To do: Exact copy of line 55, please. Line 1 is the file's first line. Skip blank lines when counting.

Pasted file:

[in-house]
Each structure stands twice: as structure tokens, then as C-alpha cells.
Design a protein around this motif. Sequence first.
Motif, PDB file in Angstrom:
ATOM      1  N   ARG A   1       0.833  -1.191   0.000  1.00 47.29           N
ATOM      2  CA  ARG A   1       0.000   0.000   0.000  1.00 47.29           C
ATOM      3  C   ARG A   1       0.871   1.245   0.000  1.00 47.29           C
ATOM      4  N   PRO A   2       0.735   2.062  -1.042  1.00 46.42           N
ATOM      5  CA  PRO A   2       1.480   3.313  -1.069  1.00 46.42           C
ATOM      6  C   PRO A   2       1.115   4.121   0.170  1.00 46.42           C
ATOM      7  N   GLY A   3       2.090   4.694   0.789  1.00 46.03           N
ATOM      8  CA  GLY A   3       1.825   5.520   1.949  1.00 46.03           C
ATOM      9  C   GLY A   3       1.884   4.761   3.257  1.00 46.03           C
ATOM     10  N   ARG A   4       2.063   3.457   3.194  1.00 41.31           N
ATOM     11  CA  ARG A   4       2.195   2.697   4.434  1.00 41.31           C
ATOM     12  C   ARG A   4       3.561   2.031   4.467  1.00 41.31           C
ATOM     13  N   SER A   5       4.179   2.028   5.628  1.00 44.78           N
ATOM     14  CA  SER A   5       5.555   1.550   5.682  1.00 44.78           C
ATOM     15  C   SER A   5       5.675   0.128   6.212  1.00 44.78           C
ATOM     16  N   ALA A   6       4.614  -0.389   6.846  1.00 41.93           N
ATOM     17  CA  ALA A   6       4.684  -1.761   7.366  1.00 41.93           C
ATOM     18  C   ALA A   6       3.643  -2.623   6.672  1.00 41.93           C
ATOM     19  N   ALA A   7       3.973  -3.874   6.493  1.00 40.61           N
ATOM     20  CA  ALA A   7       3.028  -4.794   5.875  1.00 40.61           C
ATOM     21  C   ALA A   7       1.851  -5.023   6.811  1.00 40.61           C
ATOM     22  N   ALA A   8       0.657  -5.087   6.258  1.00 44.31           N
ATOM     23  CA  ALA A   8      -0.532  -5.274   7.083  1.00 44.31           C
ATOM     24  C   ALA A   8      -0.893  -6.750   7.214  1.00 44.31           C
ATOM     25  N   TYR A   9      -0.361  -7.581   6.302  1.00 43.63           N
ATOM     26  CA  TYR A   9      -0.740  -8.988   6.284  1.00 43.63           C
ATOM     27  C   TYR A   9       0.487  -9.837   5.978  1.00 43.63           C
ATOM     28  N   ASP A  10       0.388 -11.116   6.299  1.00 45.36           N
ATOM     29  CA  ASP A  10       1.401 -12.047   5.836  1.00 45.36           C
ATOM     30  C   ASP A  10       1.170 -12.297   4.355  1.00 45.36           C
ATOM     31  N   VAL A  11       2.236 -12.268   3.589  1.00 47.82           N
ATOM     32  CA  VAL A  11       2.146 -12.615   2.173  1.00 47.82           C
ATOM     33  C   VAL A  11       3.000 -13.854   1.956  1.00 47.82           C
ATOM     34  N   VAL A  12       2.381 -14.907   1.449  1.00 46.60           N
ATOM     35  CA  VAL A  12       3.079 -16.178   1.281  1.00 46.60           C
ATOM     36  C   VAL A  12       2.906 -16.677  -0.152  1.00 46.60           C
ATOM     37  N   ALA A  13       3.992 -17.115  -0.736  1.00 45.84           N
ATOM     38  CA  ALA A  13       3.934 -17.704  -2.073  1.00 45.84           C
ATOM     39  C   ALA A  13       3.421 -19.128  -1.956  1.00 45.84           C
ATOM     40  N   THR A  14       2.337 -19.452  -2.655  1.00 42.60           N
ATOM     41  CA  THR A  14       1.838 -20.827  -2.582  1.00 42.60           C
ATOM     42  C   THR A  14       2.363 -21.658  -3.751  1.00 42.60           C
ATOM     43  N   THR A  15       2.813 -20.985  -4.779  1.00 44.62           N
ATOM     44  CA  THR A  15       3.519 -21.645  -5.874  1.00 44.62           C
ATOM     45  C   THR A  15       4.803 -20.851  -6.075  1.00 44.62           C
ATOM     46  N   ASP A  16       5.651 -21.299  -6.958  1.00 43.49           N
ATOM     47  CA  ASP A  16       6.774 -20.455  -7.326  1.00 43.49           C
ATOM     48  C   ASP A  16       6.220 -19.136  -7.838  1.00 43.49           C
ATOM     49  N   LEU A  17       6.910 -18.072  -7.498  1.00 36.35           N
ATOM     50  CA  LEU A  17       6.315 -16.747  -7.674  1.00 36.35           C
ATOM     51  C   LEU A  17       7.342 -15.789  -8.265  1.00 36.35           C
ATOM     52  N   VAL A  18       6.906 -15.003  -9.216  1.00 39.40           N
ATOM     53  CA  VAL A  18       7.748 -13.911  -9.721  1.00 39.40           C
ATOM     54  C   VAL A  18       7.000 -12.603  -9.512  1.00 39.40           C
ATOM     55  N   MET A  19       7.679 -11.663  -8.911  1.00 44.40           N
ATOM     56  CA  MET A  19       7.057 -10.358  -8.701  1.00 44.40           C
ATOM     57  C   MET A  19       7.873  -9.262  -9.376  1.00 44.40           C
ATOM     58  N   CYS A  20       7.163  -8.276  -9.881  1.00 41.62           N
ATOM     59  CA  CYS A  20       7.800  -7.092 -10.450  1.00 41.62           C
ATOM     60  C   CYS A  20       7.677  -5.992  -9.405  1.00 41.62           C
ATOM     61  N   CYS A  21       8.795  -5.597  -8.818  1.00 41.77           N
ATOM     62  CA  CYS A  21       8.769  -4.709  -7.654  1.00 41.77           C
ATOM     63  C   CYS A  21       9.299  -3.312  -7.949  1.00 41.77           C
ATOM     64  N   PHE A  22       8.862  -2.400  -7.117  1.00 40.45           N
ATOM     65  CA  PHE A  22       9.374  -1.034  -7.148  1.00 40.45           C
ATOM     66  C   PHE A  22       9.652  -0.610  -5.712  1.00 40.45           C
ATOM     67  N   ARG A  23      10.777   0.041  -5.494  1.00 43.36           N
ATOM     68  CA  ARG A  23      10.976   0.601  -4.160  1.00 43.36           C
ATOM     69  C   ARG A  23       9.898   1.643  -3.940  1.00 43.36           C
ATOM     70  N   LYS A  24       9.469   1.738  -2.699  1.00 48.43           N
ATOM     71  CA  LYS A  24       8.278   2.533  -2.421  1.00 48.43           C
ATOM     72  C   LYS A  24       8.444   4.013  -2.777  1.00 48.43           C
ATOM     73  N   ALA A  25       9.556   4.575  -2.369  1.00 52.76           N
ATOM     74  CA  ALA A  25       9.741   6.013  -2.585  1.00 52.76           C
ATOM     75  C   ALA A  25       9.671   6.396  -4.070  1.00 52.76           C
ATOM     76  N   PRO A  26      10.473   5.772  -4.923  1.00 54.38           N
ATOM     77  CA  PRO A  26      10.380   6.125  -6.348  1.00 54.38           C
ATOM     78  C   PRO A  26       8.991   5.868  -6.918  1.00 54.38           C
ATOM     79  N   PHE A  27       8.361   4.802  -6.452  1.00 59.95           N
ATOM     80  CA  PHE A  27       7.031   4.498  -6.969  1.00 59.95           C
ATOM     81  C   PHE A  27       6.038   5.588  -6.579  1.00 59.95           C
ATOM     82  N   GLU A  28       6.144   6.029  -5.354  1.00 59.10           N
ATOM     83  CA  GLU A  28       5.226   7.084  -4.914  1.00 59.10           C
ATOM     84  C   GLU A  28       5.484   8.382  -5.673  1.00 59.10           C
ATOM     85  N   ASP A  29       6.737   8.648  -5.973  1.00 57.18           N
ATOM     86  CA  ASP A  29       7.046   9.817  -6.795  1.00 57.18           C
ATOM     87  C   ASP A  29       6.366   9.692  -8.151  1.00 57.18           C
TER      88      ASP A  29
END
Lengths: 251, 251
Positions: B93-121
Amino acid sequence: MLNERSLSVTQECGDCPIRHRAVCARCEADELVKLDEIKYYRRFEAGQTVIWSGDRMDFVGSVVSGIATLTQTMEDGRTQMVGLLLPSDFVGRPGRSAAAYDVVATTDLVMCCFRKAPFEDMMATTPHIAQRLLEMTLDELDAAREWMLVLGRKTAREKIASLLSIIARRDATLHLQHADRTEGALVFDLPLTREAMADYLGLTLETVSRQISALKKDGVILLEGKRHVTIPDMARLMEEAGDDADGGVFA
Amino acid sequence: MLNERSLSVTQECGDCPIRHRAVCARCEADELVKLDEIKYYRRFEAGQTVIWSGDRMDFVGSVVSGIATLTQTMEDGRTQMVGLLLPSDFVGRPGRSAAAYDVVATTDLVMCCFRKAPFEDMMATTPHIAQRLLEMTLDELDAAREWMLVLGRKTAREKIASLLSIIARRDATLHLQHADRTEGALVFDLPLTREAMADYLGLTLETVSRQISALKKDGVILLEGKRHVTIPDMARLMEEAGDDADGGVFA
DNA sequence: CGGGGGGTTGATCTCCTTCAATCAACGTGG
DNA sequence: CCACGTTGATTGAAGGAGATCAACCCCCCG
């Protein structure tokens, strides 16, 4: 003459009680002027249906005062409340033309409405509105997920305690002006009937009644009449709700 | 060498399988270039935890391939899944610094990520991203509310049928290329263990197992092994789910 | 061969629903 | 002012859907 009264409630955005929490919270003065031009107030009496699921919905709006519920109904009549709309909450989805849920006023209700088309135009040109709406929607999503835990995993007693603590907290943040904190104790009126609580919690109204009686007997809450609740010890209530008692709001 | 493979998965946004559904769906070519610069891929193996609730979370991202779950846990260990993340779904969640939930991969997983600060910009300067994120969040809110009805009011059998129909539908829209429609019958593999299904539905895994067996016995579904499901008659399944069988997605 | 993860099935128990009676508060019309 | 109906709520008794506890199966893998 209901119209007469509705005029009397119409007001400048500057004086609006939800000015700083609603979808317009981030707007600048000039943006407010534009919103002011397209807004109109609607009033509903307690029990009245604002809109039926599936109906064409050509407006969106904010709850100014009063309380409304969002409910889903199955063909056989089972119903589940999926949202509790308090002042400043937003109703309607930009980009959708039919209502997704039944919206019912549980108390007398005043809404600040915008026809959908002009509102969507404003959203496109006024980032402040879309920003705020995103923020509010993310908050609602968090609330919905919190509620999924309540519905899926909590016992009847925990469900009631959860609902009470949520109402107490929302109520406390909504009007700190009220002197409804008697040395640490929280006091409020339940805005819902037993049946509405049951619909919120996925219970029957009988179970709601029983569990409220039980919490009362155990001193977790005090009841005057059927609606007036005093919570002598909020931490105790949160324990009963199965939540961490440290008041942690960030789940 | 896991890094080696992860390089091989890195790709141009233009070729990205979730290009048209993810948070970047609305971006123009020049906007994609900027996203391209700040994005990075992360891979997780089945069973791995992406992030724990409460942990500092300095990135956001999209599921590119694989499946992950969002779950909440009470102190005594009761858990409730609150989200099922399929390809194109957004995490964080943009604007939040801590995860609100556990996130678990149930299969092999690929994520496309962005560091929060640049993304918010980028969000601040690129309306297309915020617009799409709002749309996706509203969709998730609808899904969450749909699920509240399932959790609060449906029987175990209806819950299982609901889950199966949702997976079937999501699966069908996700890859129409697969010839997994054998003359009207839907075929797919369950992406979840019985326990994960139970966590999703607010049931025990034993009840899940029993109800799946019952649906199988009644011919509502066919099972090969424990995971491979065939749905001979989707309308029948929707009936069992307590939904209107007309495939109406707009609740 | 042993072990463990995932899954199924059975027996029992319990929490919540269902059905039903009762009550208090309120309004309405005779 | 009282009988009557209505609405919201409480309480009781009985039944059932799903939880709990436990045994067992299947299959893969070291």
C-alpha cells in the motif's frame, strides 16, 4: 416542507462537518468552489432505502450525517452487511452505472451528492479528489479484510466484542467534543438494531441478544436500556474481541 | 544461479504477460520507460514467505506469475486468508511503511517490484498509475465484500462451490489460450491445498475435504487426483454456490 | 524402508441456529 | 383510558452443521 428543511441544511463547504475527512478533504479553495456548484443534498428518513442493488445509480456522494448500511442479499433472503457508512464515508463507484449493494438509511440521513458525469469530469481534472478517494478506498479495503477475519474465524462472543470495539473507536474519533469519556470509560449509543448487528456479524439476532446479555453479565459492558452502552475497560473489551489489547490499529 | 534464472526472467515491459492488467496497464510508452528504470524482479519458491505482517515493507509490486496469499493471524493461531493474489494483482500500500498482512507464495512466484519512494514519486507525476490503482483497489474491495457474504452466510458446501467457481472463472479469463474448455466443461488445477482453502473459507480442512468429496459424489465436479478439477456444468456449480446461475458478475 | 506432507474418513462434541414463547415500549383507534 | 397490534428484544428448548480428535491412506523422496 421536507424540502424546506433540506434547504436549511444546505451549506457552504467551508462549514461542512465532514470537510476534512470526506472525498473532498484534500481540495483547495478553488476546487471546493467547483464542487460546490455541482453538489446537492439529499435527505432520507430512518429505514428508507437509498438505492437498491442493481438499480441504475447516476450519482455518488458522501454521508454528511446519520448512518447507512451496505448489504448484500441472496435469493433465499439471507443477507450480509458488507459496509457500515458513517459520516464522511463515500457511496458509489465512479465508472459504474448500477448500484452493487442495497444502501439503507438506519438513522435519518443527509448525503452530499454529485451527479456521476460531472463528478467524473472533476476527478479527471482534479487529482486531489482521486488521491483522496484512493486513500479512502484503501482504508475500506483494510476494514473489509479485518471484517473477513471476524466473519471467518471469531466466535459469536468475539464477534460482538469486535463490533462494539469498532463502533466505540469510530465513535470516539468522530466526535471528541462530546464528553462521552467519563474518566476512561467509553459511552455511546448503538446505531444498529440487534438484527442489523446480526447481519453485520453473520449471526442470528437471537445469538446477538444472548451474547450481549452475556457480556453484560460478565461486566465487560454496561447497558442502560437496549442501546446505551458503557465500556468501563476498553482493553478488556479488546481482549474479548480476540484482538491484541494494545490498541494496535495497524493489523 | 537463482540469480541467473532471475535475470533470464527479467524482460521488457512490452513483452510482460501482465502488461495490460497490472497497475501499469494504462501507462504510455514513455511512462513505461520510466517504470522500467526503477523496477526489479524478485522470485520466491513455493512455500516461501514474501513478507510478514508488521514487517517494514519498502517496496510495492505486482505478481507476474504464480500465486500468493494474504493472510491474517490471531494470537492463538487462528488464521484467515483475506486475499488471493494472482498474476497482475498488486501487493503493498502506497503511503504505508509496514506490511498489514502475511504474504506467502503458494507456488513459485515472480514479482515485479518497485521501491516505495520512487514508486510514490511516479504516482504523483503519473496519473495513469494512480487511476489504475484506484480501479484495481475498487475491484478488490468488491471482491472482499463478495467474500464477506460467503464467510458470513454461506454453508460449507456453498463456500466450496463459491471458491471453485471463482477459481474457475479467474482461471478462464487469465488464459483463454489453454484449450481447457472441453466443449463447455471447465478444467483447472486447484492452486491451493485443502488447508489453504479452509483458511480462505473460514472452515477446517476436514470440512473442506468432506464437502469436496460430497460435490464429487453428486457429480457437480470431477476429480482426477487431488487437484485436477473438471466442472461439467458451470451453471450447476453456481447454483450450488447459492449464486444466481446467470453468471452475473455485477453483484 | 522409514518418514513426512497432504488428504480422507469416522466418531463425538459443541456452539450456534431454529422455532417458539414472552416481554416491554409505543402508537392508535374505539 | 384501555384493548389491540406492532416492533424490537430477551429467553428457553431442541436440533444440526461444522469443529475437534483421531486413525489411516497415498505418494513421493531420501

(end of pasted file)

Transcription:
ATOM     51  C   LEU A  17       7.342 -15.789  -8.265  1.00 36.35           C